Independence Seaport Museum collection on New York Shipbuilding Corporation
Held at: Independence Seaport Museum, J. Welles Henderson Archives and Library [Contact Us]Penn's Landing on the Delaware River, 211 South Columbus Blvd. and Walnut St., Philadelphia, PA, 19106
This is a finding aid. It is a description of archival material held at the Independence Seaport Museum, J. Welles Henderson Archives and Library. Unless otherwise noted, the materials described below are physically available in their reading room, and not digitally available through the web.
Overview and metadata sections
The New York Shipbuilding Corporation (NYS) was founded in 1899 by Henry G. Morse (1850-1903), who served as the company’s first president. The name reflects its originally intended location on Staten Island; although the name was already incorporated, land was cheaper in Camden, New Jersey, so Morse built the shipyard there. According to the history of the first fifty years of the New York Shipbuilding Corporation, “at the outset, it was decided to break away from the old century’s accepted practices of ship building and build a yard in which could be applied the most up-to-date labor-saving machinery and advanced methods of structural steel construction,” (NYS, page 11). As a result, “a revolutionary idea of connecting all the parts of the yard with overhead cranes, making the transportation of materials significantly easier,” (ELSLAW) was implemented. During its tenure, the New York Shipbuilding Corporation constructed over 500 ships.
The company held significant government contracts during both World Wars, and built ships for the U. S. Navy, the Coast Guard, the Emergency Fleet Corporation and the Department of Commerce and Labor. However, NYS did not rely only on governmental commissions. During the 1930s the company was responsible for the completion of luxury ocean liners, such as the Manhattan and the Washington of the United States Lines, and also built ships for Pennsylvania Railroad, Reading Railroad, Standard Oil and American Export Lines. In addition to American contracts, some notable commissions came from international clients. NYS built a battleship for Argentina, a fuel ship for Japan, and a Protected Cruiser for Greece.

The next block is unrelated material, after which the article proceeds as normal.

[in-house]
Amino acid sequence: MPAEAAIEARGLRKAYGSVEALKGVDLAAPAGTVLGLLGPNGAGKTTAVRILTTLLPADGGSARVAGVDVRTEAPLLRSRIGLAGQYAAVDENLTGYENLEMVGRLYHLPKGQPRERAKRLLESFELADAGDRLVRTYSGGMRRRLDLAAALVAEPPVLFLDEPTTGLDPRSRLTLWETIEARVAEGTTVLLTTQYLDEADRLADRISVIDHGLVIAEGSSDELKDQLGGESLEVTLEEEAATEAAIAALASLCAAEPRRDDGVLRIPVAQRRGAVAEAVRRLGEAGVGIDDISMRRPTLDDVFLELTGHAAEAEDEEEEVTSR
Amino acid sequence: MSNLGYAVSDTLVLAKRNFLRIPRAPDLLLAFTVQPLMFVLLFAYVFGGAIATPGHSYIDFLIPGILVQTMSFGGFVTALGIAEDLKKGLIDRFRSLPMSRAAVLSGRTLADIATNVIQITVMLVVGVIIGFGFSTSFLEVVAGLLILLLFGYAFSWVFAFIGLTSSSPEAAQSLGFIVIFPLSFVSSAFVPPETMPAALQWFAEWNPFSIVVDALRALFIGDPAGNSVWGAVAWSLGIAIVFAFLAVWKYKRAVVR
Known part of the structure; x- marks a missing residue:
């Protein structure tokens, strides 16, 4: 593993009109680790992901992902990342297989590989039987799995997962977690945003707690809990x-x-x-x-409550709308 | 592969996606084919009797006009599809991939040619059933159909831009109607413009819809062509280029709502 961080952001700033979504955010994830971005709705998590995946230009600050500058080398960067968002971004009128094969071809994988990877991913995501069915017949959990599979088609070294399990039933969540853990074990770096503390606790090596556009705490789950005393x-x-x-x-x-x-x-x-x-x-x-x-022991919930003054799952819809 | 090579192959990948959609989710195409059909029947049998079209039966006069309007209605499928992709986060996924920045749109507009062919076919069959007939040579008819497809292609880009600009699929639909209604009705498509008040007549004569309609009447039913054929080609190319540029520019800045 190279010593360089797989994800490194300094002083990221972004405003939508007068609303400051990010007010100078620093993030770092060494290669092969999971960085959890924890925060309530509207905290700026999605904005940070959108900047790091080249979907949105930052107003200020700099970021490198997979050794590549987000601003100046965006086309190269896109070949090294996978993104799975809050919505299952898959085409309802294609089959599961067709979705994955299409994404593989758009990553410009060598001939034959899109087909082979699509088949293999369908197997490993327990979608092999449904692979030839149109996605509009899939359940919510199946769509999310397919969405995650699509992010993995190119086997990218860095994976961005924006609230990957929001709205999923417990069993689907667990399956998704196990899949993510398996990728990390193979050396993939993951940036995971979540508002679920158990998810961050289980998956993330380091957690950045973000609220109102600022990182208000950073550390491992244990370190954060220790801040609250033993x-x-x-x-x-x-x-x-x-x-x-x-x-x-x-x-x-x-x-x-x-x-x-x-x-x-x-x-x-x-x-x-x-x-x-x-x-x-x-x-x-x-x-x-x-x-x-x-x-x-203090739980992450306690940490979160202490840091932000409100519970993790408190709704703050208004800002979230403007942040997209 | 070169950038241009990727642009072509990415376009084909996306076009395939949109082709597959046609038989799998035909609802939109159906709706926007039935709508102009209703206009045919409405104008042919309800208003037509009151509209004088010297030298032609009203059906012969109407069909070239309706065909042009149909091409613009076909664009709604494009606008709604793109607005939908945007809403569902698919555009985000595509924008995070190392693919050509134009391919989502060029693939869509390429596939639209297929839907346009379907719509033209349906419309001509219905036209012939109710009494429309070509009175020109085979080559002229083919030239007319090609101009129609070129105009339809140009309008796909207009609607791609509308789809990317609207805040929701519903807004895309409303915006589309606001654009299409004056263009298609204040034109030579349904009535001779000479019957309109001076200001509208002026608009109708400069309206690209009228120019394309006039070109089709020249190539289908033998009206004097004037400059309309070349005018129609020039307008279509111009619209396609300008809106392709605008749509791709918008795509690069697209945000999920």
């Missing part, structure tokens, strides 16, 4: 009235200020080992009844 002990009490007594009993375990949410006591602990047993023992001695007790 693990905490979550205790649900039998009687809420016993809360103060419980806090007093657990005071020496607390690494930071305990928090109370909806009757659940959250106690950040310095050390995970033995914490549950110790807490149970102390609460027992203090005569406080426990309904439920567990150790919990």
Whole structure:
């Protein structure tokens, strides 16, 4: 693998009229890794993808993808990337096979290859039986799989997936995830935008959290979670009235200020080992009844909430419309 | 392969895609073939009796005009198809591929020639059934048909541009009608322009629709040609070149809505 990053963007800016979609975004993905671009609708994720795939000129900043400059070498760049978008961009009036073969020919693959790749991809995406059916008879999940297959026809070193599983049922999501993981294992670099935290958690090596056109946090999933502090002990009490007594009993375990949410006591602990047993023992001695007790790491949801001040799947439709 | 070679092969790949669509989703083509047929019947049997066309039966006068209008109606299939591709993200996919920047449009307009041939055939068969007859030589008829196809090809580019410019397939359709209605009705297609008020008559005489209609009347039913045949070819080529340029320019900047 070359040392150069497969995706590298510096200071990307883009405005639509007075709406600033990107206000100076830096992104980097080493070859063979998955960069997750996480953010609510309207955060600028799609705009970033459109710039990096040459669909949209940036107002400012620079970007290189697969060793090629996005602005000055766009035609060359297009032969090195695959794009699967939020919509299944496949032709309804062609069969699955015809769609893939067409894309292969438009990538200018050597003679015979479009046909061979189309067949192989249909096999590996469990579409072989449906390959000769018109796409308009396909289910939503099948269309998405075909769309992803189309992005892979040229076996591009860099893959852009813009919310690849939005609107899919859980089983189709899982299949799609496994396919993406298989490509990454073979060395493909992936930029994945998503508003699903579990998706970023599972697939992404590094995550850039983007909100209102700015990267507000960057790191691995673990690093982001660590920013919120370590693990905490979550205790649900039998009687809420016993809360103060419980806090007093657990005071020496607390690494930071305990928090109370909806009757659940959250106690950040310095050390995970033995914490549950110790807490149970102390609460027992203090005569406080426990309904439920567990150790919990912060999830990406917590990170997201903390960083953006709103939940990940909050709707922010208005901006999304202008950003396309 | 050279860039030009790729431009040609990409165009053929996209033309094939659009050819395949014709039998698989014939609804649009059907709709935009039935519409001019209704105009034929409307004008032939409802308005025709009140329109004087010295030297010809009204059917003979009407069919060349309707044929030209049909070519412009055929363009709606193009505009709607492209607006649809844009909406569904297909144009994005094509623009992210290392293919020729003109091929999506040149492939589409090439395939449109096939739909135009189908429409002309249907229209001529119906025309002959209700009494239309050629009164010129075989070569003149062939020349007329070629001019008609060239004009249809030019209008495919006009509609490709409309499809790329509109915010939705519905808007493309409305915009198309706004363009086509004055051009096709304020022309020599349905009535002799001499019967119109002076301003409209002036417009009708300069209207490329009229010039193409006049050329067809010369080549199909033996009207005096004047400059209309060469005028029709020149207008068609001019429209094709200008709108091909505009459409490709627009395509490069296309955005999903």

NYS completed its last ship in 1967 and went out of business shortly thereafter.
The collection houses small caches of documentation relating to the history and operations of the New York Shipbuilding Corporation from 1919 to 1964. In particular, there are two books of inventories of measured drawings or blueprints that date from 1940 to 1941 (the blueprints themselves are not included); papers related to company contracts from 1944 and 1964; and minimal information pertaining to shipyard employees and unions. There is an inventory for the USNX (United States Department of Defense - Military Traffic Management Command) facility and two inventories related to fuel consumption. There are also a handful of publications, including two that discuss the history of the corporation. Of note, is an oversized scrapbook of newspaper clippings about the New York Shipbuilding Corporation and files containing information on specific ships. Ship information is typically provided in a few brochures or pamphlets. Ships covered are: The Nuclear Ship Savannah, USS Arkansas, USS Camden, USS Kitty Hawk, USS Truxtun and the USS Utah.
Finally, there are a few files on shipyard layout and ship design, and work and purchase orders.
Please review the collection inventory for more details.
The processing of this collection was made possible through generous funding from The Andrew W. Mellon Foundation, administered through the Council on Library and Information Resources’ “Cataloging Hidden Special Collections and Archives” Project.
This collection was minimally processed in 2009-2011, as part of an experimental project conducted under the auspices of the Philadelphia Area Consortium of Special Collections Libraries to help eliminate processing backlog in Philadelphia repositories. A minimally processed collection is one processed at a less intensive rate than traditionally thought necessary to make a collection ready for use by researchers. When citing sources from this collection, researchers are advised to defer to folder titles provided in the finding aid rather than those provided on the physical folder.
Employing processing strategies outlined in Mark Greene's and Dennis Meissner's 2005 article, More Product, Less Process: Revamping Traditional Processing Approaches to Deal With Late 20th-Century Collections, the project team tested the limits of minimal processing on collections of all types and ages, in 23 Philadelphia area repositories. A primary goal of the project, the team processed at an average rate of 2-3 hours per linear foot of records, a fraction of the time ordinarily reserved for the arrangement and description of collections. Among other time saving strategies, the project team did not extensively review the content of the collections, replace acidic folders or complete any preservation work.
Newspaper Clippings Scrapbook is oversized.
- Arkansas (Battleship).
- Kitty Hawk (Aircraft carrier).
- New York Shipbuilding Corporation.
- Savannah (Nuclear ship).
- Truxtun (Ship).
- Utah (Ship).
- Independence Seaport Museum, J. Welles Henderson Archives and Library
- Finding Aid Author
- Finding aid prepared by Rebecca Koch and Jennifer Duli
- The processing of this collection was made possible through generous funding from the Andrew W. Mellon Foundation, administered through the Council on Library and Information Resources' "Cataloging Hidden Collections and Archives" Project.
- Access Restrictions
This collection is open for research use.
- Use Restrictions
Copyright restrictions may apply. Please contact the J. Welles Henderson Archives and Library with requests for copying and for authorization to publish, quote or reproduce the material.